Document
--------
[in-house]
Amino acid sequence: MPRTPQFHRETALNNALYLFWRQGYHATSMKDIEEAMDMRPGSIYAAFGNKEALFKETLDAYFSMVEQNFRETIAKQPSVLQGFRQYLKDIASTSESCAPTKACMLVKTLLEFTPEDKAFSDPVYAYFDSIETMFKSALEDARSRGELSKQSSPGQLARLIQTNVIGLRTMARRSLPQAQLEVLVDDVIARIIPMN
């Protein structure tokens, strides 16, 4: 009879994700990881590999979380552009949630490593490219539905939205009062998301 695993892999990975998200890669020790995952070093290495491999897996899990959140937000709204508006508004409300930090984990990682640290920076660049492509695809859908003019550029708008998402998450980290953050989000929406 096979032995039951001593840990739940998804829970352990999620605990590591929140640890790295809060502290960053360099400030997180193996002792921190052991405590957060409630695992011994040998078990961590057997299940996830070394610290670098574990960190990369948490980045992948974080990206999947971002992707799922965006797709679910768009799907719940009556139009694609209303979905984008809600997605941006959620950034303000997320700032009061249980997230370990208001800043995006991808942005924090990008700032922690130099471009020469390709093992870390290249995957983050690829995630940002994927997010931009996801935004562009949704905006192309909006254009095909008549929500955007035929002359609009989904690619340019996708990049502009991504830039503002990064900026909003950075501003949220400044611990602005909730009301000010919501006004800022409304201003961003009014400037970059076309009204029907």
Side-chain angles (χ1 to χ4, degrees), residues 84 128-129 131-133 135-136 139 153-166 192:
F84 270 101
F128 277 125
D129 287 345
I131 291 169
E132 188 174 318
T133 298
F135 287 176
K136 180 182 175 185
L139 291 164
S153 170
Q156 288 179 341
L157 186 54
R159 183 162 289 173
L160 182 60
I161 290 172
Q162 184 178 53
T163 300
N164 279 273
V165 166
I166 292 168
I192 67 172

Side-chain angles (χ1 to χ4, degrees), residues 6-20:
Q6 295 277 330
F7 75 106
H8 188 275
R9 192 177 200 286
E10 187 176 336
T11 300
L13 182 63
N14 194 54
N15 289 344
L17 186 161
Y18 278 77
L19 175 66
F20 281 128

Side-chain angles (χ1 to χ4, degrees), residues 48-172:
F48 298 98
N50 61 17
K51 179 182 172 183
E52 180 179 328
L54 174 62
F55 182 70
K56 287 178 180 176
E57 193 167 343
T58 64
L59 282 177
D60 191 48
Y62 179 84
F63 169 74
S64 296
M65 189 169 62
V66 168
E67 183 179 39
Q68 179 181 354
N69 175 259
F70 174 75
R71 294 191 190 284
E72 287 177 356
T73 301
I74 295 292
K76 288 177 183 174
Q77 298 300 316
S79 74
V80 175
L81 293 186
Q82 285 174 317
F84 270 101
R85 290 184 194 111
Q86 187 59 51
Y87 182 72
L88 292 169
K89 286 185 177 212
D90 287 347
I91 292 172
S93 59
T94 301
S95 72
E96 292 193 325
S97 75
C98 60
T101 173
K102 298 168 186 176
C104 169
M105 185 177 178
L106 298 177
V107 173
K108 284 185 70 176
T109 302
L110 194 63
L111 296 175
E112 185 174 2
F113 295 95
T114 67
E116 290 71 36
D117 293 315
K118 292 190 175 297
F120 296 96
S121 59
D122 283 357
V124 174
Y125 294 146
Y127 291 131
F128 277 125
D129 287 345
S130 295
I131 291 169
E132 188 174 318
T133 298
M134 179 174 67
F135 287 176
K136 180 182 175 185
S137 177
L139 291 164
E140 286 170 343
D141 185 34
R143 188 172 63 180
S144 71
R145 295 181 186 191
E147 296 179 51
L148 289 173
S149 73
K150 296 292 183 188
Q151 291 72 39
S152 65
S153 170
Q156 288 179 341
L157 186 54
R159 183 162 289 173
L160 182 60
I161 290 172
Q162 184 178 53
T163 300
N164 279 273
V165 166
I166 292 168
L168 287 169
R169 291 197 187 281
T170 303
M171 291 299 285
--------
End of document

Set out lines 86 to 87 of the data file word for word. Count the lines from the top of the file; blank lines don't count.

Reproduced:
K102 298 168 186 176
C104 169